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Fig. 3. A trajectory in state space. Three axes, x1, x2, and x3 are shown, which could represent the states of three neurons. By plotting the values of the network state variables (xi, x2, x3) at times t, t + 1, and t + 2, a succession of positions can be linked to form a trajectory through state space. The trajectory is shown here as a bent arrow

Fig. 3. A trajectory in state space. Three axes, x1, x2, and x3 are shown, which could represent the states of three neurons. By plotting the values of the network state variables (xi, x2, x3) at times t, t + 1, and t + 2, a succession of positions can be linked to form a trajectory through state space. The trajectory is shown here as a bent arrow

Distances between points X2 and Y2 can be measured by some metric, like the Euclidean distance:

dxY = v(yi -xti) +(^2 -x2) -) + ■ ■■(ytm -xD ■

Other metrics are also suitable. For example, the Hamming distance, which is just the number of digits that are different between two binary numbers (e.g., [1 0 1] and [0 0 1] have a Hamming distance of 1), could be used for a network with only binary neurons. The rate of growth in distance between two initially close trajectories can be quantified by the Lyapunov exponent X (Wolf A et al., 1985), which is related to the distance between trajectories at two points in time. This is illustrated in Fig. 4, where trajectories begin from two points that are close together in state space. The distance between these two starting points is measured as dstart. The network is allowed to evolve over time from each point, causing two trajectories to be traced out in state space. After a time T, the distance between two points on the trajectories is measured as dfinish. The Lyapunov exponent in bits/sec is then given by:

finish d start

In practice it is good to keep T small so that X will closely approximate the instantaneous divergence between the trajectories. By manipulating this equation, we can more clearly see how X describes the exponential rate at which two trajectories separate in state space after T time steps:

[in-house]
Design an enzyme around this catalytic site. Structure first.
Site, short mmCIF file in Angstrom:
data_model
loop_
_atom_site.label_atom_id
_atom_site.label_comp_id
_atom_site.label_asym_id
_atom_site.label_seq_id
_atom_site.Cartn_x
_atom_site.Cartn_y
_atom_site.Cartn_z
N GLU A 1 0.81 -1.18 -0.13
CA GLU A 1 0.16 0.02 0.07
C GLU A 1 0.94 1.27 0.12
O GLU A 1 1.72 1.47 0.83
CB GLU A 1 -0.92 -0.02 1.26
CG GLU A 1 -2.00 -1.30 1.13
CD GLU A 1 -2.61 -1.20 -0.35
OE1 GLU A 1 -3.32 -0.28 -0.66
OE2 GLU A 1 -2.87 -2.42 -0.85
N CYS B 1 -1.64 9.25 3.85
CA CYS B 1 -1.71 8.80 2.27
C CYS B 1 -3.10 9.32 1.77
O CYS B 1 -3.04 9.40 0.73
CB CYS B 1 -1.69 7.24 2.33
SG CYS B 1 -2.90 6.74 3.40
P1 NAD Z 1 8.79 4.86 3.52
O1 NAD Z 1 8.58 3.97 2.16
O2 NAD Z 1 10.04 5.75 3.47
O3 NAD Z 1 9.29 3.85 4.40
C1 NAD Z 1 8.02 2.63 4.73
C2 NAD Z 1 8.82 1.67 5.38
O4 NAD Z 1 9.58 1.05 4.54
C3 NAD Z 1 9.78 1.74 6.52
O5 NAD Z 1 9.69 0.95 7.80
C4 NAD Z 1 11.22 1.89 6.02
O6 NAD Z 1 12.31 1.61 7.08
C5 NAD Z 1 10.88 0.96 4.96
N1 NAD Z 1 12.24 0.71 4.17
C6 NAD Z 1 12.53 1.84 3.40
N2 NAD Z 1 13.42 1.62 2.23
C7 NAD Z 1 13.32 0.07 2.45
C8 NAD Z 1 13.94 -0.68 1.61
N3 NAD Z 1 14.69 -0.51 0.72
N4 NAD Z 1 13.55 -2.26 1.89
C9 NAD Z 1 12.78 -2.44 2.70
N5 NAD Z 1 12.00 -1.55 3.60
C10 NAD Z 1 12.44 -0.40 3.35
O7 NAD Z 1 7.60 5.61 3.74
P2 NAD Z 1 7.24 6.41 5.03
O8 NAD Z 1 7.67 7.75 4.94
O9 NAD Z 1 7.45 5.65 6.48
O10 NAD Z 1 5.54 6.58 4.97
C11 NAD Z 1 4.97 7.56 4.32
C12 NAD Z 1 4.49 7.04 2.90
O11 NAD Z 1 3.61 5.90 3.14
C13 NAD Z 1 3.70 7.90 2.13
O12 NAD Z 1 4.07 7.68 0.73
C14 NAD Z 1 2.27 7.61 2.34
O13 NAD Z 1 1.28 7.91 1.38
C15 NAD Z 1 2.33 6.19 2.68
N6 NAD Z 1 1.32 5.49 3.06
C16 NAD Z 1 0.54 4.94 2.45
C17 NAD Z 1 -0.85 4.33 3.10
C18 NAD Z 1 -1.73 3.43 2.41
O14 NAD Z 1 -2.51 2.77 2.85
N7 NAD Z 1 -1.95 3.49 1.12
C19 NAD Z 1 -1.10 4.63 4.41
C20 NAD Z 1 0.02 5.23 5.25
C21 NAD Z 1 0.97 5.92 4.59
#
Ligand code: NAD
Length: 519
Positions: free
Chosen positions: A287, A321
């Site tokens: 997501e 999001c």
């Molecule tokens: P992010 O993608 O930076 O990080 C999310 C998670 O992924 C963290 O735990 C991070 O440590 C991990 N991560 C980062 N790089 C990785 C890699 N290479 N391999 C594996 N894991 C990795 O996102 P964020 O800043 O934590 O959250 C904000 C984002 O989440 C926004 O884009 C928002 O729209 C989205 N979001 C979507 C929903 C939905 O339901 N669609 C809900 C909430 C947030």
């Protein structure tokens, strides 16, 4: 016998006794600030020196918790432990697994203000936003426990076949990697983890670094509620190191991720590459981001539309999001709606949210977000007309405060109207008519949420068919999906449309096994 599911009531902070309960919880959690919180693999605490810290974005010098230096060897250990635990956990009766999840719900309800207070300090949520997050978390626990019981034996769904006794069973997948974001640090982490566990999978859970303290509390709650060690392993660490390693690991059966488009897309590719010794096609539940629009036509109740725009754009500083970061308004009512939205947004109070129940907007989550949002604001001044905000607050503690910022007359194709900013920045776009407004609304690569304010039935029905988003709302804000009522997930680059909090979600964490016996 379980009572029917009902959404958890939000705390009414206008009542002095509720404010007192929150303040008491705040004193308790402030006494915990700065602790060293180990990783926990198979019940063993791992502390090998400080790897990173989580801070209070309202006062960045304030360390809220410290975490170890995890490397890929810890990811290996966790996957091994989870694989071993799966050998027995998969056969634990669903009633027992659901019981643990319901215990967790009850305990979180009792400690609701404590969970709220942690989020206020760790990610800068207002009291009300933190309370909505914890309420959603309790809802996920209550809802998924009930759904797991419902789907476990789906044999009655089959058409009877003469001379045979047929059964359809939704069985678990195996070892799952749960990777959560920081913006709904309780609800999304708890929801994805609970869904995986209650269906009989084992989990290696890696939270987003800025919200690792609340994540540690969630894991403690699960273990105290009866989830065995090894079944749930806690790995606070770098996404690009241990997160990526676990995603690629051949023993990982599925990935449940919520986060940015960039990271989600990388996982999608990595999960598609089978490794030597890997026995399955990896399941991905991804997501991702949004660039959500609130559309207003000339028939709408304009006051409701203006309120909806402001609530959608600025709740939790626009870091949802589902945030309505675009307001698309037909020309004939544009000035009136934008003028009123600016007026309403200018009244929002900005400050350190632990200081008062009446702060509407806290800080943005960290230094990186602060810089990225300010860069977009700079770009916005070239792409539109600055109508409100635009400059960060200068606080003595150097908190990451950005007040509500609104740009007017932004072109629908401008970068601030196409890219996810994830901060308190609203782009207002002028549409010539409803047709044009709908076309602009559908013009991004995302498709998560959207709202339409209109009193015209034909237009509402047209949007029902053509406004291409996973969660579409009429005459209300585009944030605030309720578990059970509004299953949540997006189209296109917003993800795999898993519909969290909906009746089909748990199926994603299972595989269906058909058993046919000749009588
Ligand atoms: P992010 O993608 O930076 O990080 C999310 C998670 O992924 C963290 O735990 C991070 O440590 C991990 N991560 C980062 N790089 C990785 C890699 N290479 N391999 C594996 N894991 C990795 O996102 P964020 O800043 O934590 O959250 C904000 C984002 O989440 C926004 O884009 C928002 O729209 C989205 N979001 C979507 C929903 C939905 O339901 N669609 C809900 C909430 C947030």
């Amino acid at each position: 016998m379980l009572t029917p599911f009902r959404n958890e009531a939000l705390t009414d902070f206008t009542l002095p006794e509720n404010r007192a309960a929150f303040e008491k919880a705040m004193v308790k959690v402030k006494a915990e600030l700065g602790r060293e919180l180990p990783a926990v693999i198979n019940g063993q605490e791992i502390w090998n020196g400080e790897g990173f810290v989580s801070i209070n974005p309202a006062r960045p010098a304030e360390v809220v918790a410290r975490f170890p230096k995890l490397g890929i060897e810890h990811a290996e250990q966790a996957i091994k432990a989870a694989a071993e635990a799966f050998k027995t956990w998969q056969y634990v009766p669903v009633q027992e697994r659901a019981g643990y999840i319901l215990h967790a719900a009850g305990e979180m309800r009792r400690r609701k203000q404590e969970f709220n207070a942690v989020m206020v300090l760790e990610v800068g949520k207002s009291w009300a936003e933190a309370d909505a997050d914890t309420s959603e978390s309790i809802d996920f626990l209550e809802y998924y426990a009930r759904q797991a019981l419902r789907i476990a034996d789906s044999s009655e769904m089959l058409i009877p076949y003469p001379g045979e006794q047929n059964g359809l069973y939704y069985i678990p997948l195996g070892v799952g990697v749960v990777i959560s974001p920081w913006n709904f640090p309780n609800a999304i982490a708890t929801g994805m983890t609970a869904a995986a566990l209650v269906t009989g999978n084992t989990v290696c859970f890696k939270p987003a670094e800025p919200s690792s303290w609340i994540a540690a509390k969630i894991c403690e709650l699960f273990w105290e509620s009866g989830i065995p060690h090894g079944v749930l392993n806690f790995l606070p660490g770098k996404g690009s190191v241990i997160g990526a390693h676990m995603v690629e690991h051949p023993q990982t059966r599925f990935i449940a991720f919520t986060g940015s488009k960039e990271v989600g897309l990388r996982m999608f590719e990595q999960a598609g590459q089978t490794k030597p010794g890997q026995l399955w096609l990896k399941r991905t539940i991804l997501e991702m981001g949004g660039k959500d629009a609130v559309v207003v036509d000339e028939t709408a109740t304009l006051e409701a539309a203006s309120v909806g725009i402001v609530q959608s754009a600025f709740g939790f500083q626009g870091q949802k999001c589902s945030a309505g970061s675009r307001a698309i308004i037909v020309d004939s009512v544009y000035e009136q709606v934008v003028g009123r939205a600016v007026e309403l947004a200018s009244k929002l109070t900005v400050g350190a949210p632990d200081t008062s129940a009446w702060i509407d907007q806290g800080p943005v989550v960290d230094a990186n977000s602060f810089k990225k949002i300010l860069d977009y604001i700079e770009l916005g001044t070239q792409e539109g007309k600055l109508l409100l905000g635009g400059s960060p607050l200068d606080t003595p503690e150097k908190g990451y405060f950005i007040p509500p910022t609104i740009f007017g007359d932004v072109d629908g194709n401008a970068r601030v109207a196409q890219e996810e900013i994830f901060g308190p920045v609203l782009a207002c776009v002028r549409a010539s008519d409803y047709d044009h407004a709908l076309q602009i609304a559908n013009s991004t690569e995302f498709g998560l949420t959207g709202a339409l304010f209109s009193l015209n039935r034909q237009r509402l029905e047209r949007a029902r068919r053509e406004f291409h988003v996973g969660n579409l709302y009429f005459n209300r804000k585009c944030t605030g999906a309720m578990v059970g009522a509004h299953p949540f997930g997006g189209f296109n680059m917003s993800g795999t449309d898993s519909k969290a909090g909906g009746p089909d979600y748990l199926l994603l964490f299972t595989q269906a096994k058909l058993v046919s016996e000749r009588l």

Fig. 4. The Lyapunov exponent quantifies dynamics. A, Converging trajectories. Two trajectories in state space, shown as curved lines with arrowheads, are separated by a distance dstart at time t. At time t + T, they are separated by a distance of dfinish. The ratio (dfinish/dstart) can be used to determine whether or not the trajectories are flowing together over time. In this case, they become closer over time, indicating attractive dynamics. B, Parallel trajectories. Here, the ratio (dfinish/dstart) is one, indicating neutral dynamics. C, Diverging trajectories. Here the ratio (dfinish/dstart) is greater than one, indicating chaotic dynamics

The Lyapunov approach to quantifying discrete network dynamics has been developed by Derrida and colleagues (Derrida B and Y Pomeau, 1986; Derrida B and G Weisbuch, 1986), as well as by others (Bertschinger N and T Natschlager, 2004). This method is especially useful when working with simulated networks, where it is easy to start a network from a particular point in state space by just specifying the values of all the state variables. The simulation can then be run for T time steps to produce a trajectory. It is also easy to produce a trajectory from a nearby point in state space and to measure the resulting distances between trajectories. For living neural networks, however, this approach is more difficult to implement, as it is presently impossible to specify all the state variables at a given time. Electrical stimulation can overcome this to some extent by causing a subset of neurons to all be active at the same time; trajectories after stimulation can then be measured. But background activity can not be completely controlled, and this has been found to play a large role in determining network responses to stimulation (Arieli A et al., 1996).